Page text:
Phần 1 – Editor’s Foreword và Preface
– Editor’s Foreword
A Discourse on the Dhammadāyāda Sutta
As with my other editions of the translated works of the late Venerable Mahāsi Sayādaw, I have removed many of the Pāḷi words for the benefit of those who are not familiar with the technical terms.
References are to the Pāḷi text Roman Script editions of the Pali Text Society — in their translations, these page numbers are given in the headers or in square brackets in the body of the text. This practice is also followed by Bhikkhu Bodhi’s modern translations, like that below:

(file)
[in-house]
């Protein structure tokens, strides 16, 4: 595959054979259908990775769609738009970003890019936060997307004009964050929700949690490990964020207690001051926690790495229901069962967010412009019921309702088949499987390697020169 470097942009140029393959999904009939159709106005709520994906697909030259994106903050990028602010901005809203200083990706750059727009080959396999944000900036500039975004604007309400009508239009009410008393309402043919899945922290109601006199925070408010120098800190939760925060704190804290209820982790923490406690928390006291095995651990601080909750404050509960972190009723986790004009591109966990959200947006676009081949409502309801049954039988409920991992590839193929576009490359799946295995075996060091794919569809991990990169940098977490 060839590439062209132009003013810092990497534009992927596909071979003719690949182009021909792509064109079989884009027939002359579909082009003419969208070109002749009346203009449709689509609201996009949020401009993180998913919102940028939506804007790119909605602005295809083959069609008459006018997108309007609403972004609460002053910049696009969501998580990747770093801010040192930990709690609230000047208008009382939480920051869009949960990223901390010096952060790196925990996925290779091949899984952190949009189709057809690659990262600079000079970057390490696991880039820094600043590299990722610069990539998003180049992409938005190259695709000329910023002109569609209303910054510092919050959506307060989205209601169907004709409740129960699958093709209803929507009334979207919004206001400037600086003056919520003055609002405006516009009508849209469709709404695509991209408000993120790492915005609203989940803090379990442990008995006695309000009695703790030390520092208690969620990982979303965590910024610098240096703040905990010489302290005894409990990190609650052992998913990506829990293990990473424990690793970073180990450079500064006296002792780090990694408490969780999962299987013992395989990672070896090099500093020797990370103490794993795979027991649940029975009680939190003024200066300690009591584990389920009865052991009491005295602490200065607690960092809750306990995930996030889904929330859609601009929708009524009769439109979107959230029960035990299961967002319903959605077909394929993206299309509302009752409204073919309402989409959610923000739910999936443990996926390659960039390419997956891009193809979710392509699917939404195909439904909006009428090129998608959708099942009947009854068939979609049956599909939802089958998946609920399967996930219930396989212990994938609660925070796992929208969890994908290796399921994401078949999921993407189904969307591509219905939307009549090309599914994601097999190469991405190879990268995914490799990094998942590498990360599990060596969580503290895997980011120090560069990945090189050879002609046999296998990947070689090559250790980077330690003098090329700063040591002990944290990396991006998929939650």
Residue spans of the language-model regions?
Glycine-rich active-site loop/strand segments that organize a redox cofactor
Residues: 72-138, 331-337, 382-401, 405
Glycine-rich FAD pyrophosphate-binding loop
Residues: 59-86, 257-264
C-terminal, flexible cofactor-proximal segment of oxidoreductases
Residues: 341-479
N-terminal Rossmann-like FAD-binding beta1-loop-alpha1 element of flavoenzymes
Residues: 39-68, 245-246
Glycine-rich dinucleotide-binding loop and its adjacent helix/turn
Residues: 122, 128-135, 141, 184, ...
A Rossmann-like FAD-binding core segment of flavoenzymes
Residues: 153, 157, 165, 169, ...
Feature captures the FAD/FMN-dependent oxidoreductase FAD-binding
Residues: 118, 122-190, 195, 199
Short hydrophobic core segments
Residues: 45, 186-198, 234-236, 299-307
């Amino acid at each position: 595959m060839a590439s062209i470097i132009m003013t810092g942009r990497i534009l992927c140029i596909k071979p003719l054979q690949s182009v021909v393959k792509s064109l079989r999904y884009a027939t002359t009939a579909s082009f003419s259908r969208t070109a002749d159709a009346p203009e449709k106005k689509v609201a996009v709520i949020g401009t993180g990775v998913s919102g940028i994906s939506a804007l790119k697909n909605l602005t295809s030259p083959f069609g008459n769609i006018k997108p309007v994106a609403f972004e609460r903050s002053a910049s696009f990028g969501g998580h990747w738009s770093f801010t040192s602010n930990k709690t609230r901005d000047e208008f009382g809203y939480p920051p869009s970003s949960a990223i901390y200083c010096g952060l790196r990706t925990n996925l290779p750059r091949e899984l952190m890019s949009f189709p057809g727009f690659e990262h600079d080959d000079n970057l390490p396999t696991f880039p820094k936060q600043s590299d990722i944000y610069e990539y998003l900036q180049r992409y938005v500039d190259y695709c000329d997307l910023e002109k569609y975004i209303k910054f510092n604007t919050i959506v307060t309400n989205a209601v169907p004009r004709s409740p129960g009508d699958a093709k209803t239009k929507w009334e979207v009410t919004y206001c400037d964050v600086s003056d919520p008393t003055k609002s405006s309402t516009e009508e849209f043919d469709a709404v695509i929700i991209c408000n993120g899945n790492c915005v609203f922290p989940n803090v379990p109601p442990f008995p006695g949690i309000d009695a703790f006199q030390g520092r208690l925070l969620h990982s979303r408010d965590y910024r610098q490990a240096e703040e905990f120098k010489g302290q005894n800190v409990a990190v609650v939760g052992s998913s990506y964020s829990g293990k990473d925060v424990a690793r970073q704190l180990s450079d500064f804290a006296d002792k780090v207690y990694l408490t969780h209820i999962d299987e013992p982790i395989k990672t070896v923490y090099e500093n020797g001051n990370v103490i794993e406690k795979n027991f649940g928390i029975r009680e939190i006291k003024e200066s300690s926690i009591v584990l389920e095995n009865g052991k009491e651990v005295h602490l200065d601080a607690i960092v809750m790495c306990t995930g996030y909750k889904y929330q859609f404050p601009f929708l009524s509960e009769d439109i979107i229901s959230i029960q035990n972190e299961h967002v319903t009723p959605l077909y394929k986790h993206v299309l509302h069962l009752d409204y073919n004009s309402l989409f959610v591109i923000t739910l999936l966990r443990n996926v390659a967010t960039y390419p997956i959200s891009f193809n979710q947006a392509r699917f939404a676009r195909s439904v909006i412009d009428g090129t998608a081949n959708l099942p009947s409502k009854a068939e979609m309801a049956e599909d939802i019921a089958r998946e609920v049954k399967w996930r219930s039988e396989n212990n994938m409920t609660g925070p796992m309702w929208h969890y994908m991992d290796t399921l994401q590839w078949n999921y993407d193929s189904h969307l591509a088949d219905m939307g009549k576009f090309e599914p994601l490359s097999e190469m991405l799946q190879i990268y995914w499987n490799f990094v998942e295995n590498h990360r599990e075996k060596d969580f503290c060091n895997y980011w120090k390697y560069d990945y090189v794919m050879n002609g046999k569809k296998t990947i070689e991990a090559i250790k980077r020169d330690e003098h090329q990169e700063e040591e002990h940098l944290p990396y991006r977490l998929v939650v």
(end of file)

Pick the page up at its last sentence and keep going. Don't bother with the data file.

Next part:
98 Dhammadāyāda Sutta: Sutta 3 i.14
Thus, a reference to M.i.14 would be found on page 14 of volume one in the Pāḷi edition, but on page 98 of Bhikkhu Bodhi’s translation. It would be on a different page in Miss I.B. Horner’s translation, but since the Pāḷi page reference is given, it can still be found. In the Chaṭṭha Saṅgāyana edition of the Pāḷi texts on CD, the references to the pages of the PTS Roman Script edition are shown at the bottom of the screen, and can be located by searching.
I have attempted to standardise the translation of Pāḷi terms to match that in other works by the Sayādaw, but it is impossible to be consistent as the various translations and editions are from many different sources. Aversion (dosa), ill-will (byāpāda), hatred (paṭigha), anger (kodha), and malice (upanāha), have subtle shades of meaning that overlap in English and Pāḷi.